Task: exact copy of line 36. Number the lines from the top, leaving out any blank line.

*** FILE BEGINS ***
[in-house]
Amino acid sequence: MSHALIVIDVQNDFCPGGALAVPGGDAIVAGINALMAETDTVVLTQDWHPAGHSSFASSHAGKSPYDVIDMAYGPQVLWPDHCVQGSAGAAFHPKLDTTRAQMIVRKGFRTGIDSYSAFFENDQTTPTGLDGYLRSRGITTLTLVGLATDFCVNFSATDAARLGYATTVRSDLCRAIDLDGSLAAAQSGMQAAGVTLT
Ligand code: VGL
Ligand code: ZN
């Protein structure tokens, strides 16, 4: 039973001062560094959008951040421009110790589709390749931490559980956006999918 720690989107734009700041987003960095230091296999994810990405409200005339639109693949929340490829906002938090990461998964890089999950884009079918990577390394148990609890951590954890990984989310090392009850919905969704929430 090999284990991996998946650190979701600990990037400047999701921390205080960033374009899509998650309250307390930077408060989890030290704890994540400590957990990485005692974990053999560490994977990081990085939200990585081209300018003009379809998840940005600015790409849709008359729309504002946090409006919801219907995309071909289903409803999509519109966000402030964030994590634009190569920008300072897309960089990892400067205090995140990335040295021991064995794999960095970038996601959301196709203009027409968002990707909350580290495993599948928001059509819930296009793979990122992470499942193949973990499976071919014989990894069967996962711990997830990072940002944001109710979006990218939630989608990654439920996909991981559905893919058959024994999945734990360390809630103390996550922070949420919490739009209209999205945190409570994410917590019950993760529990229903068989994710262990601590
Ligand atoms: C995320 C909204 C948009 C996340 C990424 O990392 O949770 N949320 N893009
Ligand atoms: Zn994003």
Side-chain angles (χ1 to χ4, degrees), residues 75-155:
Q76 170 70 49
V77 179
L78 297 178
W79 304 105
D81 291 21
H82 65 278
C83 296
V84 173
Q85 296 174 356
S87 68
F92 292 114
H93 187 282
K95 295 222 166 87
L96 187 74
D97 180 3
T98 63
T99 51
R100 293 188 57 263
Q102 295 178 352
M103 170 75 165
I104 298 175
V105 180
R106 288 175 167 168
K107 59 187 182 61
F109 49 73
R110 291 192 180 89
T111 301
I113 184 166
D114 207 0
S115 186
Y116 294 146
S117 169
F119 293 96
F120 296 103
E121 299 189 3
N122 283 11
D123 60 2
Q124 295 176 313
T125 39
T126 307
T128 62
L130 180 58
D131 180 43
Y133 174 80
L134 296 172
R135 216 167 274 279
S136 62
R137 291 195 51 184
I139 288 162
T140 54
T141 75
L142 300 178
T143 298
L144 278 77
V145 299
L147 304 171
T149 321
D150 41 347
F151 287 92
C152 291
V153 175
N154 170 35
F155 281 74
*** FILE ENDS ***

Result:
I113 184 166